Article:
Five Reasons We Don’t Disciple (Part 4)
The fifth and final reason we don’t disciple has been bubbling underneath everything I’ve written so far: our churches are too often ashamed of the gospel and therefore assume the gospel.
Not long ago, I was invited to speak at a church near London. Numbers had been dropping, so the church was going to significant lengths to attract young people. They’d added another service at a more convenient time, they were getting in guest speakers from all over the country, they were spending money on marketing, and they had paid a worship band to come from 100 miles away.
I got chatting to a delightful congregation member about the reasons for their flagging, elderly attendance. “This may be a sensitive question,” I said, “but how’s the preaching of the gospel going?” His response came with a knowing and faintly embarrassed smile. “Well,” he said, “we have to give people what they want.”
It brought to mind the words of Martin Lloyd-Jones: “If we cannot preach the church full [with the gospel], let them stay empty.” Why? Because a church that is made full by methodology, marketing, or music is not a church that is full of disciples.
It’s true that these things may bring short-term, numerical increase. But, as Mark Dever writes: “The growth that we find talked of and urged and prayed for in the New Testament isn’t simply numerical growth. If your church is more crowded with people now than it was a few years ago, does that mean that yours is a healthy church? Not necessarily” (Nine Marks of a Healthy Church, 201-202).
“Growth” without the regular, faithful teaching of the gospel is growth without depth. Ocean-wide and puddle-deep. If we want depth as well as breadth, there’s no substitute for gospel-saturated preaching and conversation.
One final point. There is a danger that even self-proclaimed “gospel-hearted” or “gospel-centered” churches keep the gospel so close to the heart, so close to the center, that it is actually hidden.
We may name-check Jesus, mention “the gospel,” and quote God’s Word. But we may never get as far as actually reminding each other who Jesus is, what he has done, and what that means for us. Fatally, we may assume the gospel instead of actually proclaiming it.
I hope it’s just me, but I’ve seen this again and again in churches which identify themselves as Bible-believing and evangelical. On a recent vacation in Wales, I had the privilege of joining a small group of believers huddled in a large and ornate congregational church. The welcome was warm and almost apologetic: “We don’t seem to get many young people these days, I’m afraid.” The pastor spoke from 1 Timothy 3 about the deceitfulness of wealth. What was said was faithful. But, oh, what was left unsaid.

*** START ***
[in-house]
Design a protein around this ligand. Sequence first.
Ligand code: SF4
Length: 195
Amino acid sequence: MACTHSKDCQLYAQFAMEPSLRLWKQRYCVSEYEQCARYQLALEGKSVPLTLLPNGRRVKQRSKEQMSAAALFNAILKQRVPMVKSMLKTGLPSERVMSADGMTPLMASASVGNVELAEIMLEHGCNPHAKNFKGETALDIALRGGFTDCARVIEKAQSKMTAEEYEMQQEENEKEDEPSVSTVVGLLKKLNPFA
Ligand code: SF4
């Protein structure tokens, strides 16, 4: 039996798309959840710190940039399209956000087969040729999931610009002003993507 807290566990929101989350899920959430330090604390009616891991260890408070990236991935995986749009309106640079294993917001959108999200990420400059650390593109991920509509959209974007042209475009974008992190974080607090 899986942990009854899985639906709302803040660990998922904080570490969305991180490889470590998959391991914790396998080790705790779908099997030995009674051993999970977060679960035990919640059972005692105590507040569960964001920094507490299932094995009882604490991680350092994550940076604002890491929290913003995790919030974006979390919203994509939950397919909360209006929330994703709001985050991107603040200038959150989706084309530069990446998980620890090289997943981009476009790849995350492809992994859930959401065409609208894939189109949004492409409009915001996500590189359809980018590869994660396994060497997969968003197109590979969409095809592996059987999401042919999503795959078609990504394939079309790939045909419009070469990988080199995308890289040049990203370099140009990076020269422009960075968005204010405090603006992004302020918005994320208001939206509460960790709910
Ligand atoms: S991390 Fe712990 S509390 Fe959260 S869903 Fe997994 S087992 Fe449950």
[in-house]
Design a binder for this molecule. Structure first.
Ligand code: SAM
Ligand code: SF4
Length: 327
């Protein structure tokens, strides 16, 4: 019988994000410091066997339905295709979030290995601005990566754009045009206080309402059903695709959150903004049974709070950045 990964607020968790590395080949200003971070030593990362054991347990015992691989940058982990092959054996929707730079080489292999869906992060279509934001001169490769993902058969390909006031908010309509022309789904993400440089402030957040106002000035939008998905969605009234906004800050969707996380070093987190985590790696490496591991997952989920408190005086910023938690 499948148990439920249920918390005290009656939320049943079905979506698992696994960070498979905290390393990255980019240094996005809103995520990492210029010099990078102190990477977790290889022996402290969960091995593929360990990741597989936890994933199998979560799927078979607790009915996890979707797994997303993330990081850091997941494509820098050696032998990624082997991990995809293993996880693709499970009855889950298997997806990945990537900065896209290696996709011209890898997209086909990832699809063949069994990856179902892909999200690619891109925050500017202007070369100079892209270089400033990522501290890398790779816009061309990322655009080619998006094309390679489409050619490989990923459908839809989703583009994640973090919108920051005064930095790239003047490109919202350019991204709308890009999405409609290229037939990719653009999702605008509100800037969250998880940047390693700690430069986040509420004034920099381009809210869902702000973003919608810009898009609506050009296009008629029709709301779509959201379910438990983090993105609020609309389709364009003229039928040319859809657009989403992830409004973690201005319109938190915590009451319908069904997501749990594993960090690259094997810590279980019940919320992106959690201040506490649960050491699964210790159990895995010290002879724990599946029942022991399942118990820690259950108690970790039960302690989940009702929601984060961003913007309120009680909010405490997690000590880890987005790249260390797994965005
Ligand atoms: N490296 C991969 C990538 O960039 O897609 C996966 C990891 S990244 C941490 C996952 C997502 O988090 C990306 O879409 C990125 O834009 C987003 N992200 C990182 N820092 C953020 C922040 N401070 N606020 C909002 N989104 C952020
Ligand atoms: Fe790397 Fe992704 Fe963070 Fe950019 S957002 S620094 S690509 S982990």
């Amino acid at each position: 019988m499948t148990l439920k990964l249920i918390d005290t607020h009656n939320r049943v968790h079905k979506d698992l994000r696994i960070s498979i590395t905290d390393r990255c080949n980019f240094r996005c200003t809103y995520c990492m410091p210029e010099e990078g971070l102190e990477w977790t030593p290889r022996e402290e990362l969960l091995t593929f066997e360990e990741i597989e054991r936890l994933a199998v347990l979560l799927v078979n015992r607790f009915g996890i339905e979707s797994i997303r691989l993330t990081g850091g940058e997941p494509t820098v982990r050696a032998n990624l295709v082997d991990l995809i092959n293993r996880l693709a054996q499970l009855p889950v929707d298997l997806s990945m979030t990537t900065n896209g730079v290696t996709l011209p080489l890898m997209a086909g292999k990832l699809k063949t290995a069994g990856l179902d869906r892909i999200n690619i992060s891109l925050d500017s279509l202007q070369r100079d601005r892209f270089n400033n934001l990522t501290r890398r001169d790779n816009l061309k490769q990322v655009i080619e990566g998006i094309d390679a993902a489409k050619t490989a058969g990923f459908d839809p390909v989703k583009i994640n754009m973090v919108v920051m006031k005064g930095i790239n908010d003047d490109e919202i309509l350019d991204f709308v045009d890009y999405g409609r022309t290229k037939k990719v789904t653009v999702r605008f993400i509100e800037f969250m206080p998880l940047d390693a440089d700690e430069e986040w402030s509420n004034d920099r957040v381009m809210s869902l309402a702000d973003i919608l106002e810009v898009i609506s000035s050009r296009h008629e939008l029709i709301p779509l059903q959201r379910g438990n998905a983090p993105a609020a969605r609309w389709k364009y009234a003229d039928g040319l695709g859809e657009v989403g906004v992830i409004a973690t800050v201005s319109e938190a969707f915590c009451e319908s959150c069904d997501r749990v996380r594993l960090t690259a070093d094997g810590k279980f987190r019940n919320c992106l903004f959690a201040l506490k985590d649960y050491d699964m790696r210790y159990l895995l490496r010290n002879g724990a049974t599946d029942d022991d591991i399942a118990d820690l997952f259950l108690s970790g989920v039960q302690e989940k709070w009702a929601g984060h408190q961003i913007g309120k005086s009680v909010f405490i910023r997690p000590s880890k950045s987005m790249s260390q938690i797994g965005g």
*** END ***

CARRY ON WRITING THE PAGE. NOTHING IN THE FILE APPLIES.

D. A. Carson, writing in Basics for Believers, makes this sage observation:
In a fair bit of Western evangelicalism, there is a worrying tendency to focus on the periphery. [My] colleague…Dr. Paul Hiebert…springs from Mennonite stock and analyzes his heritage in a fashion that he himself would acknowledge is something of a simplistic caricature, but a useful one nonetheless. One generation of Mennonites believed the gospel and held as well that there were certain social, economic, and political entailments. The next generation assumed the gospel, but identified with the entailments. The following generation denied the gospel: the “entailments” became everything. Assuming this sort of scheme for evangelicalism, one suspects that large swaths of the movement are lodged in the second step, with some drifting toward the third.
This is not a subtle plea for … a gospel without social ramifications. We wisely reread the accounts of the Evangelical Awakening in England and the Great Awakening in America and the extraordinary ministries of Howell Harris, George Whitefield, the Wesley brothers, and others. We rightly remind ourselves how under God their converts led the fights to abolish slavery, reform the penal code, begin trade unions, transform prisons, and free children from serving in the mines. All of society was transformed because soundly converted men and women saw that life must be lived under God and in a manner pleasing to him.
But virtually without exception these men and women put the gospel first. They reveled in it, preached it, cherished Bible reading and exposition that was Christ-centered and gospel centered, and from that base moved out into the broader social agendas. In short, they put the gospel first, not least in their own aspirations. Not to see this priority means we are not more than a generation away from denying the gospel. (26-28, my emphasis)
If Carson’s observation is true, we not only have a responsibility to our current congregation, but also to future congregations.
In the 19th century, preacher Charles Spurgeon identified a similar issue:
I believe that those sermons which are fullest of Christ are the most likely to be blessed to the conversion of the hearers. Let your sermons be full of Christ, from beginning to end crammed full of the gospel. As for myself, brethren, I cannot preach anything else but Christ and His cross, for I know nothing else, and long ago, like the apostle Paul, I determined not to know anything else save Jesus Christ and Him crucified.
People have often asked me, “What is the secret of your success?” I always answer that I have no other secret but this, that I have preached the gospel,—not about the gospel, but the gospel… (The Soul Winner, 35, my emphasis)
Brothers and sisters, in our discipling of others—whether from the pulpit, or in everyday conversation—are we merely assuming the gospel? Do we speak about the gospel without actually explaining what it is? Are we, functionally at least, ashamed of it?
The deep, wide discipleship we long for in our churches will only come when we stop assuming the gospel, and actually proclaim it.